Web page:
New Jersey Prepares to Ban Plastic and Paper Bags

The legislation would be the most comprehensive in the U.S.

September 29, 2020

TRENTON, N.J.—The New Jersey Assembly and Senate has passed a bill that could become the most wide-ranging ban on plastic products and paper bags in the U.S., reports

The bill will place several restrictions on everyday products to reduce the plastic pollution that has inundated New Jersey's beaches, riverfronts and water supplies. The bill, which now goes to Gov. Phil Murphy, has several components:

  • It bans film plastic bags like those found at grocery stores, regardless of thickness, as well as paper bags at supermarkets larger than 2,500 square feet to encourage shoppers to bring their own reusable bags and totes.
  • It bans polystyrene clamshell food containers and other products, such as plates, cups, food trays and utensils.
  • Restaurants would be permitted to provide a plastic straw to a customer upon request one year after the law is signed.  

The New Jersey Senate passed a similar version of the bill in early March, just before the onset of the COVID-19 pandemic. Opponents, including business groups and Republican lawmakers, say the ban will hurt everything from large manufacturers to small businesses such as restaurants, which would have to find more costly alternatives.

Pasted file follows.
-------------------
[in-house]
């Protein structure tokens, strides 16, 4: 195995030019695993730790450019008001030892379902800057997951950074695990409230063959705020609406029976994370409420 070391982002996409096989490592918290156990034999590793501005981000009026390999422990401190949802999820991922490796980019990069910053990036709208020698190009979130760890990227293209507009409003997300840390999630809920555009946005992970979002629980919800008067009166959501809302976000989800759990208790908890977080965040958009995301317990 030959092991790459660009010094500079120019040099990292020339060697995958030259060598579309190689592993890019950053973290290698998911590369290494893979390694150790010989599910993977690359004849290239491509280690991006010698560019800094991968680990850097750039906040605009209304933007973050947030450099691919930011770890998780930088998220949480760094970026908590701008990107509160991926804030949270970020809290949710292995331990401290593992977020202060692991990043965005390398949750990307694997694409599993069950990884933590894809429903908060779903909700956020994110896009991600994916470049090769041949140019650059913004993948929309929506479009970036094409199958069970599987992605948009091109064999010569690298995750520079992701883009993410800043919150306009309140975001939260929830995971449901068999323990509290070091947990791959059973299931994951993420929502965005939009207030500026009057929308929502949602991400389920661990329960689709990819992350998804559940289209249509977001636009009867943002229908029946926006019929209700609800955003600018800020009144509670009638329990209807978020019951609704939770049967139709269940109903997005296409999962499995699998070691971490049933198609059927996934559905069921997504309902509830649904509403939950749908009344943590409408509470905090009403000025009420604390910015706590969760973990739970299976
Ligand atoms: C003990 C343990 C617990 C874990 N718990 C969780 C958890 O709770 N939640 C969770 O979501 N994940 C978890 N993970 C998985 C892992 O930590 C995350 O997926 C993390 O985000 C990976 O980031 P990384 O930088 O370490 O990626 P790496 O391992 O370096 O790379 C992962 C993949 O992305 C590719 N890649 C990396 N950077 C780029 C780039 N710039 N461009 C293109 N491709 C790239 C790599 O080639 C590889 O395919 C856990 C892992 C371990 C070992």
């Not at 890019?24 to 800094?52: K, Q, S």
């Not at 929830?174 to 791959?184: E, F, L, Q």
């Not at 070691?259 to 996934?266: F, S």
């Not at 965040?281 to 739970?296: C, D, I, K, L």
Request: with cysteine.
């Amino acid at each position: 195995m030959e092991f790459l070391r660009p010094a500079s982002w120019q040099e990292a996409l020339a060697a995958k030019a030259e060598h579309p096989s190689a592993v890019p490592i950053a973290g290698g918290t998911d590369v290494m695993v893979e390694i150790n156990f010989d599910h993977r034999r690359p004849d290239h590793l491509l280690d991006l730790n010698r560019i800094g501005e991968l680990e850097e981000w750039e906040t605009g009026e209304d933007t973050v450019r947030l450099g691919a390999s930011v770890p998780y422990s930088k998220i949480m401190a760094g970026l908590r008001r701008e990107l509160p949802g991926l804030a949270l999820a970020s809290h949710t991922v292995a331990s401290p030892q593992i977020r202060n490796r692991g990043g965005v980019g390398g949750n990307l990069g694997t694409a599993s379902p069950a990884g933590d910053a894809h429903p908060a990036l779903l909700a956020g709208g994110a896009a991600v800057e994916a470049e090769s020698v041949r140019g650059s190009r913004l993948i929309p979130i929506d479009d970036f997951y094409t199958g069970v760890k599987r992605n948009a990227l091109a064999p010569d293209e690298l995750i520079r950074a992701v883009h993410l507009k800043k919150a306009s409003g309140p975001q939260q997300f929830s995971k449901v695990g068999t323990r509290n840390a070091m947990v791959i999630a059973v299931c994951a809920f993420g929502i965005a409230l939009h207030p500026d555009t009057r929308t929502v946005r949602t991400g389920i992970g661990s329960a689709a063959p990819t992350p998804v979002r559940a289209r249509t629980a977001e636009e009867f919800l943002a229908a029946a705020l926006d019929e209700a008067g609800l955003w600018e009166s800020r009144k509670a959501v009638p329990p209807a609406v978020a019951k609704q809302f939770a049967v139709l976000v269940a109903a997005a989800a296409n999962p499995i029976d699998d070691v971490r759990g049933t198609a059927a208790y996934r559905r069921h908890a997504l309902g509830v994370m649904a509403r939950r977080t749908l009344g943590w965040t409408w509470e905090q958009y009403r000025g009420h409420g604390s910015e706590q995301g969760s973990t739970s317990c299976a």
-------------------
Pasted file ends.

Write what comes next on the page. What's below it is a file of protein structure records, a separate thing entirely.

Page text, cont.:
Environmental groups were focused on eliminating plastic—not paper bags. But to get a supermarket trade group to support the bill, paper bags also had to be banned. Supermarkets say it would cost more to give customers paper bags in place of plastic. 

“The ban on paper bags is critically important to the success of this legislation,” said Linda Doherty, president of the New Jersey Food Council. “Without a ban, consumers will simply move to paper single-use bags, and we will not address the underlying goal of reducing our reliance on single-use products.”

The ban on plastic and papers bags and foam food products and containers like clam-shell takeout boxes would take effect 18 months after it is signed into law. Any business violating the bill would get a warning on first offense, a fine up to $1,000 for a second offense and a fine of up to $5,000 for a third or subsequent offense.

A 2016 report by NY/NJ Baykeeper estimated that there were almost 166 million pieces of microscopic plastic floating in the waterways of New Jersey and New York.